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Virology. 1988 Jan;162(1):251-4.

Virulence of and establishment of latency by genetically engineered deletion mutants of herpes simplex virus 1.

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Institut Merieux, Marcy l'Etoile, Charbonnieres les Bains, France.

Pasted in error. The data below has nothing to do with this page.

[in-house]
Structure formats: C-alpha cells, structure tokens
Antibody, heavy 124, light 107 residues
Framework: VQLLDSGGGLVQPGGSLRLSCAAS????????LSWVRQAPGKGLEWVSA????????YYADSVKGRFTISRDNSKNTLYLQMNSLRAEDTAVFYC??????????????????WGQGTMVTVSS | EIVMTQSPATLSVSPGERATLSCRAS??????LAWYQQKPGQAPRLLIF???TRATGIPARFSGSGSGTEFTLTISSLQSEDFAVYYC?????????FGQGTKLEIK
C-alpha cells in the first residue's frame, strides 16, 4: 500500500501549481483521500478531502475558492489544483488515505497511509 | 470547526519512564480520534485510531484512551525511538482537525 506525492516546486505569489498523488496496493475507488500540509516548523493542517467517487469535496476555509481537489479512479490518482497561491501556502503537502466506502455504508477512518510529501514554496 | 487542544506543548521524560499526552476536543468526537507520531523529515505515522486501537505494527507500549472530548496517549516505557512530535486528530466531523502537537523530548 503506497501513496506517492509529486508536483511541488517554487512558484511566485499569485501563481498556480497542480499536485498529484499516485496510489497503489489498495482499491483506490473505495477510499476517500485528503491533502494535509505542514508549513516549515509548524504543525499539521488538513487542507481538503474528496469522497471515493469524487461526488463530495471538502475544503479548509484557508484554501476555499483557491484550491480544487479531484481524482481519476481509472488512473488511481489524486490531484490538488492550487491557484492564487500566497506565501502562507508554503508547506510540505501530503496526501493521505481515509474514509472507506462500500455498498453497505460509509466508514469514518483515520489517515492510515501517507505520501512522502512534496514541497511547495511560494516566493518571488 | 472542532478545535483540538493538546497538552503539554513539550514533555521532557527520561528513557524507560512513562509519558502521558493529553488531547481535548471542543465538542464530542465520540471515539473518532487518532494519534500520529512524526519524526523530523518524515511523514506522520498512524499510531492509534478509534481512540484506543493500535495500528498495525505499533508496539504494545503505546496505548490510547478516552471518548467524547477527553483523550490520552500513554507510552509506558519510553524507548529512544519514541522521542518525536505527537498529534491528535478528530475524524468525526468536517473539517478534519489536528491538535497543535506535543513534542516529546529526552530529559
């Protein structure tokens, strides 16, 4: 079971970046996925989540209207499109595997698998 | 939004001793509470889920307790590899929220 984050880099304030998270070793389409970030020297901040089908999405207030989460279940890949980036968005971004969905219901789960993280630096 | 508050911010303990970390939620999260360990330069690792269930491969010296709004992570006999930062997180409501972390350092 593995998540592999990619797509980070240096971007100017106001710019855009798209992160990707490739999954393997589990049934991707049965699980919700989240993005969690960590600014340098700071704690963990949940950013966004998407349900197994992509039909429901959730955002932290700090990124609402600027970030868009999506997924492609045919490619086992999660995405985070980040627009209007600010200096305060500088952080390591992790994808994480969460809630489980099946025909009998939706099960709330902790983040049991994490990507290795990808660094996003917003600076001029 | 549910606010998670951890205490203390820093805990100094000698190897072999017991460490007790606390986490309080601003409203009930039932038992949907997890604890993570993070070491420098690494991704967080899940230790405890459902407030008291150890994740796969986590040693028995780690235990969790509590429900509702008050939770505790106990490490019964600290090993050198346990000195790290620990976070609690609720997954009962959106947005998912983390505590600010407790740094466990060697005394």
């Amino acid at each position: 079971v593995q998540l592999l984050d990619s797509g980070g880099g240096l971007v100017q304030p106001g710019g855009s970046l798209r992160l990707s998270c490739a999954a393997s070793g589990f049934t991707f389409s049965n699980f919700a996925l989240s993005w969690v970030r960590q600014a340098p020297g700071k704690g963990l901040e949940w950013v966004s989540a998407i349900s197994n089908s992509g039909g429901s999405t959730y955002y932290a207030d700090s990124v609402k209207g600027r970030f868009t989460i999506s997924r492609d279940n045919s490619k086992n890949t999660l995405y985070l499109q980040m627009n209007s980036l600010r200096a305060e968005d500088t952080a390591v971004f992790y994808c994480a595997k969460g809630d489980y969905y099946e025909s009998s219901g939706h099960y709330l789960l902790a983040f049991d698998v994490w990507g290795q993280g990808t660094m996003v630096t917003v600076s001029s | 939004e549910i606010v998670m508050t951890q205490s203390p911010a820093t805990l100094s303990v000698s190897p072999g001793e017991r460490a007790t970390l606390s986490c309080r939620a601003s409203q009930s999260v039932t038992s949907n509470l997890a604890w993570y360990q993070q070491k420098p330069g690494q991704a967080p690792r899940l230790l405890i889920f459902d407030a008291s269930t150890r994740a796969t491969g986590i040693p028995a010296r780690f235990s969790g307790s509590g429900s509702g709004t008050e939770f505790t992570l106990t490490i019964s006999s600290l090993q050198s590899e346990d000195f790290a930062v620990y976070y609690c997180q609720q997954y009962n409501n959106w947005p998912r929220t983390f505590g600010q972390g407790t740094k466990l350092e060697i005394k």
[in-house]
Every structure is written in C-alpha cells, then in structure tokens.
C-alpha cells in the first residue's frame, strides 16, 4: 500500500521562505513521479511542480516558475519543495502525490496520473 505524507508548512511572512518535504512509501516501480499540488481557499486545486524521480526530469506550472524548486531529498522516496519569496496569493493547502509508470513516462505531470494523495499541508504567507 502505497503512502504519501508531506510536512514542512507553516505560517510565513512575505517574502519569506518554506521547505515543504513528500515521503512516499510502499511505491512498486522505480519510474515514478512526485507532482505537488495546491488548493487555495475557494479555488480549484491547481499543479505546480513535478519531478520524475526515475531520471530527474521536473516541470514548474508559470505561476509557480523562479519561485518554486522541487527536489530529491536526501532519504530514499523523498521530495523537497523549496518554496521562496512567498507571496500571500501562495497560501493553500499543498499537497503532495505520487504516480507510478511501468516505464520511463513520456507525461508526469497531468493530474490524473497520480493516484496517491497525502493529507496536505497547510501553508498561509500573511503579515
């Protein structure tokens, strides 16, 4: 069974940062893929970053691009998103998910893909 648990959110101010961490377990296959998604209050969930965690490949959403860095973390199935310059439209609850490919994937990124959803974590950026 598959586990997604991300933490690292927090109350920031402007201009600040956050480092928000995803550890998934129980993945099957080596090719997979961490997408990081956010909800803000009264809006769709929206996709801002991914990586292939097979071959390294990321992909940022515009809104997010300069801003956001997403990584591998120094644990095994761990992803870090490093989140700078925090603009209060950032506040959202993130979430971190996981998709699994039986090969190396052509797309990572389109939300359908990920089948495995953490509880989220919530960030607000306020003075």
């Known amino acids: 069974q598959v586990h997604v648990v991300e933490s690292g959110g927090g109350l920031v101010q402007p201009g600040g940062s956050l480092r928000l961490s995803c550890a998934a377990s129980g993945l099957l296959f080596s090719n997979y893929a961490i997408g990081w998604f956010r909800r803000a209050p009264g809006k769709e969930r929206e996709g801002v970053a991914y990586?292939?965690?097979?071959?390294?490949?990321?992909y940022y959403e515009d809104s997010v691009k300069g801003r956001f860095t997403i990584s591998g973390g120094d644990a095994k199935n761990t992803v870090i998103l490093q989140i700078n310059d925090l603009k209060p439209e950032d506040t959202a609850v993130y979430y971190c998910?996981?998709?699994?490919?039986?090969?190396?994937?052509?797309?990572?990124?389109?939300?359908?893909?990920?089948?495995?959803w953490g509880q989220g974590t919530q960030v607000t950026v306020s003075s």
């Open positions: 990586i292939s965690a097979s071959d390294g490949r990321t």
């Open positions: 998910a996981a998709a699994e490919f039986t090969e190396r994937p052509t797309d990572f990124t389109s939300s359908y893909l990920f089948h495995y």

We report the results of studies on the biologic properties of seven deletion mutants of herpes simplex virus 1 (HSV-1). The genes deleted from six of these mutants map in the S component of HSV-1 DNA and include those specifying the alpha protein 47, the glycoproteins G and E, the viral protein kinase, and two proteins whose functions are not yet known (open reading frames US2 and US11). The seventh virus [HSV-1(F) delta 305] contained a 700-bp deletion in the thymidine kinase gene. The results of intracerebral inoculation of Balb/c mice indicated that all but one of the deletion mutants in the S component were significantly attenuated. The PFU/LD50 ratios for these mutants ranged from 10(4)- to 10(5)-fold higher than that of the wild-type, HSV-1(F). The PFU/LD50 for mutant R7032, from which the glycoprotein E gene had been deleted, was less than 100-fold higher than that of the parent virus. All of the mutants, with one exception, were able to establish latency in mice; the exception, HSV-1(F) delta 305, was able to establish latency in rabbits.

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